During my service to you in the Georgia House of Representative, I have championed continued fiscal responsibility in the State’s budget and spending, meaningful tax reform (including passing the largest tax cut in Georgia’s history), teacher pay raises, backing public safety from all possible angles, supporting historic mental health initiatives, addressing nursing and physician shortage through targeted legislation, and stood with fellow Republicans to take the lead in bringing Georgia’s voters a more secure, accessible, and transparent election system. I have voted in favor of all possible tax cuts and all second amendment legislation.
In 2018, me and my fellow Republicans in the House took a historic step to lower the income tax rate from 6 percent to 5.75 percent with the promise that we would lower the rate again in the future.
At a time when inflation is on the rise, supply chain disruptions are in full effect, and most daily goods from food to gas cost the average Georgian more, I’m proud to have led the way to ensure economic success continues. Georgia has been rated the number one state in the country in which to do business for eight straight years, and my actions during the 2022 session further strengthen Georgia’s ability to succeed.
I was proud to support historic income tax reform legislation that includes the largest income tax cut in state history, implementing a flat and fair tax rate while keeping the state in a strong financial position.
The Tax Reduction and Reform Act of 2022 eliminates the personal income tax brackets and replaces them with a flat tax rate of 5.49 percent. By holding all taxpayers to the same flat tax, Georgia is upholding the American ideals of treating all citizens equally. The bill allows for future annual reductions of one-tenth of one percent until the Georgia tax rate reaches 4.99 percent, if certain fiscal milestones are met.
The change will save an average family of four in Georgia, making $60,000 annually, more than $600 per year on their state taxes. The measure eliminates the standard deduction and increases the personal exemption from $2,700 to $12,000 for single filers and from $3,700 to $24,000 for taxpayers who are married and filing jointly.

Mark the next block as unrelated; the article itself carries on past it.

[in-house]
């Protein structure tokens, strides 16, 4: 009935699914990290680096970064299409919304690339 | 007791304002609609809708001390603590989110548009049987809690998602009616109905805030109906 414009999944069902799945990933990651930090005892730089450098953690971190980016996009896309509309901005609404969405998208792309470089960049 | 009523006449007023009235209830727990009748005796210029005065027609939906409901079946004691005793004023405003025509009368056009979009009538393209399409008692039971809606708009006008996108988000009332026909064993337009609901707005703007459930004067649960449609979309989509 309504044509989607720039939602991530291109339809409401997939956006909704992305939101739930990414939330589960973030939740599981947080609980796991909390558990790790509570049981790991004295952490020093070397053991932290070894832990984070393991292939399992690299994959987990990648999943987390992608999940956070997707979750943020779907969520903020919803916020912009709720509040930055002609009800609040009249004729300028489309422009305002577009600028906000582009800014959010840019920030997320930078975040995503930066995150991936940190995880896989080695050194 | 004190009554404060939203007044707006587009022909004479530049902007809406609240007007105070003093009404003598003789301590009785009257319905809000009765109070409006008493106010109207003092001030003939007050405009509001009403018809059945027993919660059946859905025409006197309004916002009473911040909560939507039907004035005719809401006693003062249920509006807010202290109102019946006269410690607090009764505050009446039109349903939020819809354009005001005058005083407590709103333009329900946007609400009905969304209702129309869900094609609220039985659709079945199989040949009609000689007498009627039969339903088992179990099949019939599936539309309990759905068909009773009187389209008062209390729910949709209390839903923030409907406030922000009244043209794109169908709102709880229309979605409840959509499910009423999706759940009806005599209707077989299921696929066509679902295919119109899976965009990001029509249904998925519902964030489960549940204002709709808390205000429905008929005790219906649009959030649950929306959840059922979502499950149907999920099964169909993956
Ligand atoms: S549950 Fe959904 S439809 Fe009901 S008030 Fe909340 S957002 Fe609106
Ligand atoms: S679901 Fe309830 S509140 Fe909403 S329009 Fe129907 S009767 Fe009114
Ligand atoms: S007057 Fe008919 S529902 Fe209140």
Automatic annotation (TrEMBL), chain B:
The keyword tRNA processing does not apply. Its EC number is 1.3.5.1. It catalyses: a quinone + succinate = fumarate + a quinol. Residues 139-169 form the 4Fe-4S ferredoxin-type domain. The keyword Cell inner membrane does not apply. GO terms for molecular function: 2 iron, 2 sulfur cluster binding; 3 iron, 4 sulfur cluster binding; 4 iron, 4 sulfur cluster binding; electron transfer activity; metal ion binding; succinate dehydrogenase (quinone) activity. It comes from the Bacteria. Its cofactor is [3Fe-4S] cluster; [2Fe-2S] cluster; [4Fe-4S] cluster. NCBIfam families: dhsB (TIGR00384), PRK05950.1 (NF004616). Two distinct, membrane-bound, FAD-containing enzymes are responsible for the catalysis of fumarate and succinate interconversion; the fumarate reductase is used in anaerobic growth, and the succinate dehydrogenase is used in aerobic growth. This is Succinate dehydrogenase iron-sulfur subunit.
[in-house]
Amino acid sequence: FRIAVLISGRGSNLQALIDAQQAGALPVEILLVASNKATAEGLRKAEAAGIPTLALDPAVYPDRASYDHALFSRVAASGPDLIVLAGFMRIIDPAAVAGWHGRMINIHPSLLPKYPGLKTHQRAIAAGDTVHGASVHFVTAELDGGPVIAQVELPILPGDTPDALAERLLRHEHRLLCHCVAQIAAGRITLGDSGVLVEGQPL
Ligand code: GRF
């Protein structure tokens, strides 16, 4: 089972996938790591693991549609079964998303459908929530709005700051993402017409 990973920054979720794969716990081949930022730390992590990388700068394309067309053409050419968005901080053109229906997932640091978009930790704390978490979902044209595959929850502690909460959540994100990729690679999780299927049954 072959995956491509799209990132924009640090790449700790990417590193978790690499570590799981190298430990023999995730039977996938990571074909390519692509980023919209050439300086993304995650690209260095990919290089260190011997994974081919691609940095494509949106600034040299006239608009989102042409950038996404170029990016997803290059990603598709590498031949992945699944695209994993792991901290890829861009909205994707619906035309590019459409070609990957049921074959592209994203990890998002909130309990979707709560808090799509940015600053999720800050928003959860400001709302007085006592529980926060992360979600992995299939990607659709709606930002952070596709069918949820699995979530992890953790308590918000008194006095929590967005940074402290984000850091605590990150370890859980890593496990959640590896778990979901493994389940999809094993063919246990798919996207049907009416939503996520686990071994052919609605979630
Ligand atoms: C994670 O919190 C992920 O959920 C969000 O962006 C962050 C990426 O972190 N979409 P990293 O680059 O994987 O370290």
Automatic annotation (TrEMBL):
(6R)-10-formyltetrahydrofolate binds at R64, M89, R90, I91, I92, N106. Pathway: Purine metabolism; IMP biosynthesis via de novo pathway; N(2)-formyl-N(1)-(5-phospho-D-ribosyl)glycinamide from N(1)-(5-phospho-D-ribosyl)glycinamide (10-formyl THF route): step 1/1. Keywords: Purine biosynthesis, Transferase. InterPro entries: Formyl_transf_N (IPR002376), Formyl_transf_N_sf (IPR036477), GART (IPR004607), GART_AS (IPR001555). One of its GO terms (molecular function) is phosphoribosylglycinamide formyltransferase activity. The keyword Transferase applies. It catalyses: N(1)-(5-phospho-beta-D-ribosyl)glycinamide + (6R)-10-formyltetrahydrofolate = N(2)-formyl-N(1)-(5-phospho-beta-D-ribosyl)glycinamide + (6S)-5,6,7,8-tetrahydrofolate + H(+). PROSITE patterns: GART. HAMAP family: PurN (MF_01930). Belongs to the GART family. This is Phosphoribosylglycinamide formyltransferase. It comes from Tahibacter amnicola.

As a conservative, I believe a place to do business in a free-enterprise mindset is what Georgia needs to continue to be the best state in which to do business. I believe that finding ways to positively impact business growth and sustainability will lead to a better place for everyone to live, work and play. I have worked tirelessly to make sure unemployment rates are low, business is thriving and that economic growth continues, without unnecessary Government interference or burdensome regulations. That’s why Georgia has been ranked the number one state in which to do business for EIGHT YEARS in a row.
For the eighth consecutive year, Site Selection magazine has named Georgia the number one state in which to do business. A thriving economy, fiscal responsibility, quality workforce, dynamic landscapes from the mountains to the beach, pro-business framework provided by the Georgia General Assembly, businesses of all shapes and sizes, and a culture of collaboration all serve to fuel the growth of Georgia’s diverse economy.
One of the biggest challenges facing any business is that of a strong workforce. It is critically important that children receive a quality education, that higher education is promoted as a viable option for everyone who seeks it, that our technical colleges are front-and-center to offer another path to a career, and that businesses of all shapes and sizes are able to find the best candidate to grow their business. I have worked diligently to promote education at all levels to help foster development of a strong workforce. I have worked hand-in-hand with the community to make a difference to see that education and an educated workforce come first.
Under my leadership as Chairman of the House Education committee, and in my role as Secretary of the Appropriations committee, and for the third time in the past four years, Georgia has fully funded the Quality Basic Education (QBE) formula. This outlines how state dollars are spent to support education in Georgia. This shows a monumental commitment to further enhancing the quality education our children in Georgia receive. The FY 2023 budget provides the most state funds ever appropriated to K-12 education and includes full austerity restoration, thereby restoring all reductions made in FY 2021 due to the decline in state revenues from the COVID-19 pandemic.